Nikkei is reporting that many often overlooked materials, such as neodymium and the lesser known praseodymium, have increased by almost 74 percent since the same time last year and that’s only one of several key materials that have increased in price by 50 percent or more in a year.
It’s no secret that lithium has increased in price and it now costs about 150 percent of what it was costing last year. However, many other, less obvious materials have also increased in price, with copper up over 37 percent and tin up almost 82 percent in a year. To TPU’s readers this mainly means that you can expect higher costs for PCBs and all the components that are soldered onto them, as tin is used to solder just about every component in place.
Neodymium and praseodymium are used in everything from simple speakers, to electrical car motors to wind turbines. With prices continuing to go up, as the demand is increasing due to governments in many western countries switching to a green economy and focusing on electrification of cars, while at the same time trying to go fossil fuel free, seems to be an undertaking that is poorly timed with the current state of the electronics industry.
Other materials like terbium oxide, which is used in LEDs, flat panel displays and high-temperature fuel cells among other things, have gone up by over 60 percent in price. Even good old aluminium is up over 55 percent, which means more expensive parts in just about everything that uses a lightweight metal structure or housing.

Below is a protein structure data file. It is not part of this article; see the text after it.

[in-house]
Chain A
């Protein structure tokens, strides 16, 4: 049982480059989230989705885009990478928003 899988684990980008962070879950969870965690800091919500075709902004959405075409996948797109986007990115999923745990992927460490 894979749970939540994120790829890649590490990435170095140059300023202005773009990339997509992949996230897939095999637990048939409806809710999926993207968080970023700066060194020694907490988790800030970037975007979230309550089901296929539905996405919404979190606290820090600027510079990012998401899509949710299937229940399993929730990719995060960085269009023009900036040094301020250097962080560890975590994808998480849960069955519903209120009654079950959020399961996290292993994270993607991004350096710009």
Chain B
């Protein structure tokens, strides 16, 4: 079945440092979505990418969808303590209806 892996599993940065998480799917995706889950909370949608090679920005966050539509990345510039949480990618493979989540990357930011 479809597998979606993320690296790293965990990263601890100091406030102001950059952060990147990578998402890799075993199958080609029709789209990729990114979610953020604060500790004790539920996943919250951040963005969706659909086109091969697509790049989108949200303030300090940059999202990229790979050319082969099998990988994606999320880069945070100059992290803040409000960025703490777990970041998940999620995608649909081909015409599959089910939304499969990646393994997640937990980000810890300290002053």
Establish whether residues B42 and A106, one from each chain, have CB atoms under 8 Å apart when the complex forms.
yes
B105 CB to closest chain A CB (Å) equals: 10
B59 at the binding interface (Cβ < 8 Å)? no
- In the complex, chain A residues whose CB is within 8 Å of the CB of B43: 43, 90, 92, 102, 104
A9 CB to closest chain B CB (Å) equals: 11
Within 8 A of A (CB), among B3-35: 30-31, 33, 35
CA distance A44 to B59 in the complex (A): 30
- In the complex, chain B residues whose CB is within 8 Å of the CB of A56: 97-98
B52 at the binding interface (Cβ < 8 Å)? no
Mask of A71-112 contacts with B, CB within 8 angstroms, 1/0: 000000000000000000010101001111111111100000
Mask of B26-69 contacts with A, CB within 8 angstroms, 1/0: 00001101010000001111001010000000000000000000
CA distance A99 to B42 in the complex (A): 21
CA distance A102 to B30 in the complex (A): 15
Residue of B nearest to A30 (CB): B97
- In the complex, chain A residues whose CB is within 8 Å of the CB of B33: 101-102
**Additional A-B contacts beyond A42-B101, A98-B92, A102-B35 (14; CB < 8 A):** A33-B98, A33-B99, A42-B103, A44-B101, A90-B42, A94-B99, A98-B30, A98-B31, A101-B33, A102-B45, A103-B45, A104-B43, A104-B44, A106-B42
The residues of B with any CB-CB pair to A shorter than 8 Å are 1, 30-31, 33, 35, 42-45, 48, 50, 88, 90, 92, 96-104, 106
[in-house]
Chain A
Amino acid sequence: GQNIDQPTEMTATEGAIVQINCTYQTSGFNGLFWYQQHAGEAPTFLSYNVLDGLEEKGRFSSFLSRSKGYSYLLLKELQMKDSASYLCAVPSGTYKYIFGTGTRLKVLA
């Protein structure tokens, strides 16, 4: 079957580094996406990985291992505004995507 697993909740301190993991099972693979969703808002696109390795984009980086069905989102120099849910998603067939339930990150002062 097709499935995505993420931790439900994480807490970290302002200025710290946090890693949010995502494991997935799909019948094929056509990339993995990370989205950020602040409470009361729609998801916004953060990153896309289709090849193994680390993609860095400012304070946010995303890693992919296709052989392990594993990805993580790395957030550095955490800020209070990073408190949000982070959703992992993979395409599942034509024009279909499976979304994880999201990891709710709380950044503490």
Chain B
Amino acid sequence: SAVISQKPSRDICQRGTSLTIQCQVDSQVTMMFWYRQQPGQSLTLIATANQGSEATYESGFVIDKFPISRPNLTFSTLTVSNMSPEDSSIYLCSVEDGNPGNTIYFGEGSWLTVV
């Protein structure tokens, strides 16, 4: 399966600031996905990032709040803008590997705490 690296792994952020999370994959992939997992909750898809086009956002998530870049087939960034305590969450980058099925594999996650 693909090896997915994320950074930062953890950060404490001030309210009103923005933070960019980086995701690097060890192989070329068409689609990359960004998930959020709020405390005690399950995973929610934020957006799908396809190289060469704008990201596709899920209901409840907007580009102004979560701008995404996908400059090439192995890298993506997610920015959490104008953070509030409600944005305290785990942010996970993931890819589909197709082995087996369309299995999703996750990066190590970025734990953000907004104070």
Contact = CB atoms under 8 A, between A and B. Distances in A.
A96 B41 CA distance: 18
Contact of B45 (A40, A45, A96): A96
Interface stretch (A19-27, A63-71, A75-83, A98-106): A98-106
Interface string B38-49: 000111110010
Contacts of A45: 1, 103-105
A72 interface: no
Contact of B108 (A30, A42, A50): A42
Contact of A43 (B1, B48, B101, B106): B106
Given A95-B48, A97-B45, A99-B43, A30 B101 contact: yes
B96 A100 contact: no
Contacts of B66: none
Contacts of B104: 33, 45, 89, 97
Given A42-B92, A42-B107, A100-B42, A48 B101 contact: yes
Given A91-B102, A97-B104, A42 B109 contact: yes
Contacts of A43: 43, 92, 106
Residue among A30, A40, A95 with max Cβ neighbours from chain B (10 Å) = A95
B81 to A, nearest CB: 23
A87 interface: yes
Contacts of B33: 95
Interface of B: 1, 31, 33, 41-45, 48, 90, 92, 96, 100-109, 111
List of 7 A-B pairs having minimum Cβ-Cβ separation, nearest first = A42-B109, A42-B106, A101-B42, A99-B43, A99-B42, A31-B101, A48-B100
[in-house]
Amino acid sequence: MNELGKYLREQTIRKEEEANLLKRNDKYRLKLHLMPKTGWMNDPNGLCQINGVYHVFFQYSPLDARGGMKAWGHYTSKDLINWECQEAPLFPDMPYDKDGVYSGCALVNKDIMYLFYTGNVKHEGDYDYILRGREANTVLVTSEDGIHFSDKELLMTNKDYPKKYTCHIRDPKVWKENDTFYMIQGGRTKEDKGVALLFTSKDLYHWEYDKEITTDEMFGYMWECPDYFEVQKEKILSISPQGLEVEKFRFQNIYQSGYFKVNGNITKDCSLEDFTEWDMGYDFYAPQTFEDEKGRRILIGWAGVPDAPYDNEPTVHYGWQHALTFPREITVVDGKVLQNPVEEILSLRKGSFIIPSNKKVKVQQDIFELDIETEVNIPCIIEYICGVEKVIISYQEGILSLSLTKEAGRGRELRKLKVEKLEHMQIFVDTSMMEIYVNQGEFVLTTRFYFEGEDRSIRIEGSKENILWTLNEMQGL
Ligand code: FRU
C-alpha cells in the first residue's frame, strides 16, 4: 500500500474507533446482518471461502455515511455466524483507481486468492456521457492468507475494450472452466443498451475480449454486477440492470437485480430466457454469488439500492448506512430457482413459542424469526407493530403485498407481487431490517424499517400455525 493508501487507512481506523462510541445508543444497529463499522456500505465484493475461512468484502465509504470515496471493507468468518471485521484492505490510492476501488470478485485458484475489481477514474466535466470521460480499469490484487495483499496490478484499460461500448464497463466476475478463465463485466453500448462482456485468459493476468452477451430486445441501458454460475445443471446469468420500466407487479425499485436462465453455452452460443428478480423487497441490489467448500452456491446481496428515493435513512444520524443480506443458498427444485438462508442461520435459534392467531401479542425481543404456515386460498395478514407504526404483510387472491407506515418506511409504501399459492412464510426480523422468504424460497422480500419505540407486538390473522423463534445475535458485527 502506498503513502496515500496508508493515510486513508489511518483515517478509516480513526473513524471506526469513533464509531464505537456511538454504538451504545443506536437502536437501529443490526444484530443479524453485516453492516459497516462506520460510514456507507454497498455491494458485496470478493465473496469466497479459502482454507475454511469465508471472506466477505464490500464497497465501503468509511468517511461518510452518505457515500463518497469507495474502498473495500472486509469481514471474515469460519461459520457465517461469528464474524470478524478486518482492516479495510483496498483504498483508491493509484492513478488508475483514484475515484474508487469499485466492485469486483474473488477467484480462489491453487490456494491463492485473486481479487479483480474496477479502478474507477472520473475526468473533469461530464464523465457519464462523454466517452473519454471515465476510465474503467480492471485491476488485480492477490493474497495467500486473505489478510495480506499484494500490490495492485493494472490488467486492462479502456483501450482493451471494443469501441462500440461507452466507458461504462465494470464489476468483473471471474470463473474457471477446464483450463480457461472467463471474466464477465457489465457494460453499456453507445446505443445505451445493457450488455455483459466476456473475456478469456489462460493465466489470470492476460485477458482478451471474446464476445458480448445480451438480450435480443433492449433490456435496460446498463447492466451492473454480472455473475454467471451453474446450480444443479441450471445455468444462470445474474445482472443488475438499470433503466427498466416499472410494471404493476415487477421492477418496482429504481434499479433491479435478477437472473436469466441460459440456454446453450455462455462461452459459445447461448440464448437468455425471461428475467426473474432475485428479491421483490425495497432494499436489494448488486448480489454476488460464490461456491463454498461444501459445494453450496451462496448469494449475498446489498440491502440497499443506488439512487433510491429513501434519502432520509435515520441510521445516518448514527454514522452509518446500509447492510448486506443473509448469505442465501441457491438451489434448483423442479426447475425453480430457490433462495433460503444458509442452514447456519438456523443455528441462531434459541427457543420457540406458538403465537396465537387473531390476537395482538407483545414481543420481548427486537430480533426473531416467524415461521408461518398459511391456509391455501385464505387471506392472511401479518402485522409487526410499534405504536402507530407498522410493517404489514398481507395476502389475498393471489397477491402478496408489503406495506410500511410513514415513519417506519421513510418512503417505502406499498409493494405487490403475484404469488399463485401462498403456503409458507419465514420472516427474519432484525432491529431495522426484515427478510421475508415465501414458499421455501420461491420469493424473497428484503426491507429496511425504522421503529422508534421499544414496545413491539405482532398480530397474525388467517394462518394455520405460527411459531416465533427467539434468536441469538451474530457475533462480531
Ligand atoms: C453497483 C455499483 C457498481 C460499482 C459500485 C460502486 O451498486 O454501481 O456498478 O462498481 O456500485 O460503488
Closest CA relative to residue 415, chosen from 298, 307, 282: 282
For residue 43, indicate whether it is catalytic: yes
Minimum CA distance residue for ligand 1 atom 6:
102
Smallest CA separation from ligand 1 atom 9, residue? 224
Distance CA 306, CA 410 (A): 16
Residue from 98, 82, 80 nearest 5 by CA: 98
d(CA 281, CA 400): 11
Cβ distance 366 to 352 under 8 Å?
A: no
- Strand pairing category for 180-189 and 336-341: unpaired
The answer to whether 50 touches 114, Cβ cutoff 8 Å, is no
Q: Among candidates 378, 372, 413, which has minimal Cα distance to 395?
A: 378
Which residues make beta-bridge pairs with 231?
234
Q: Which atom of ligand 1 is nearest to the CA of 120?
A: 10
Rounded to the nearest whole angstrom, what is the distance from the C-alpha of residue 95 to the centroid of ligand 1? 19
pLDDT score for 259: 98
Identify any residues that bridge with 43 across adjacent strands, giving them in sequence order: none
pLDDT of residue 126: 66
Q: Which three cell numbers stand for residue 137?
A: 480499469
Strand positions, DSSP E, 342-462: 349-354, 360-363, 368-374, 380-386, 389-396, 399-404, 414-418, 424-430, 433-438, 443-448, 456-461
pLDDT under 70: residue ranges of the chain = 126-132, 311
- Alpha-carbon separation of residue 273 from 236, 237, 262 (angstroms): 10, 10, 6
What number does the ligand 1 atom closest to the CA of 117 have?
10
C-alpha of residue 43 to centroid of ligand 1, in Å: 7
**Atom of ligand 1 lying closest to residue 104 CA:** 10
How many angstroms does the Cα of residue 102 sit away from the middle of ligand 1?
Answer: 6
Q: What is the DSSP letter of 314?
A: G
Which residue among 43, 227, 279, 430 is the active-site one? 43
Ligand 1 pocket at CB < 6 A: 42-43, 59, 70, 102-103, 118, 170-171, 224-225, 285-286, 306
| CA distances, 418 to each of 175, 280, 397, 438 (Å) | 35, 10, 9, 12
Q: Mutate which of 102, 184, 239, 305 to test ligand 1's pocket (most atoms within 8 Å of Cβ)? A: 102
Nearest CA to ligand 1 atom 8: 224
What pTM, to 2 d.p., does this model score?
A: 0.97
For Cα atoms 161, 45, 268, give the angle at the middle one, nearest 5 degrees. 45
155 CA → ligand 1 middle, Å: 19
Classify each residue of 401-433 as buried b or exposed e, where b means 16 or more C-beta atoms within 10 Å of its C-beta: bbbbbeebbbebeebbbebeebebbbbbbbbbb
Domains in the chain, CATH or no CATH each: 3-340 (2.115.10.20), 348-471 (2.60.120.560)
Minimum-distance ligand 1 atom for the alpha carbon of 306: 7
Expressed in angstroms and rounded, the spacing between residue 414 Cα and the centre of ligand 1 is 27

As the report goes, China controls 55 percent of the global market when it comes to production of rare earth metals and 85 percent of the refining process. The Chinese government has been putting tighter export controls in place this year, which is also part of the reason for the increase in costs. This might be a way for the nation to try and fight back against some of the trade disputes that have arisen with the US, but it’s clearly affecting every nation in the world, as China is without a doubt the world’s manufacturing hub.
What China seems to have missed though, is the fact that this is affecting local Chinese companies as well, since increased material costs have caused their profits to tumble, as they often have long term contracts with their business partners that can’t be renegotiated easily. As such, many small and mid-sized Chinese suppliers are suffering losses and if this continues we might see some of these companies go out of business. Large, international corporations aren’t unaffected by these price increases either, since at some point they’re going to have to increase their prices to the end customer of their products, which is likely to translate into fewer sales.
Right now, a lot of negotiations are taking place all around the world to try to maintain pricing, but someone, somewhere is going to have to eat the cost and that can only go on for so long. So far, Sonos has already increased the pricing of its speakers, by anything from $10 to $100 depending on the product. This might be a sign of things to come, as Sonos is unlikely to be the only company to adjust prices accordingly.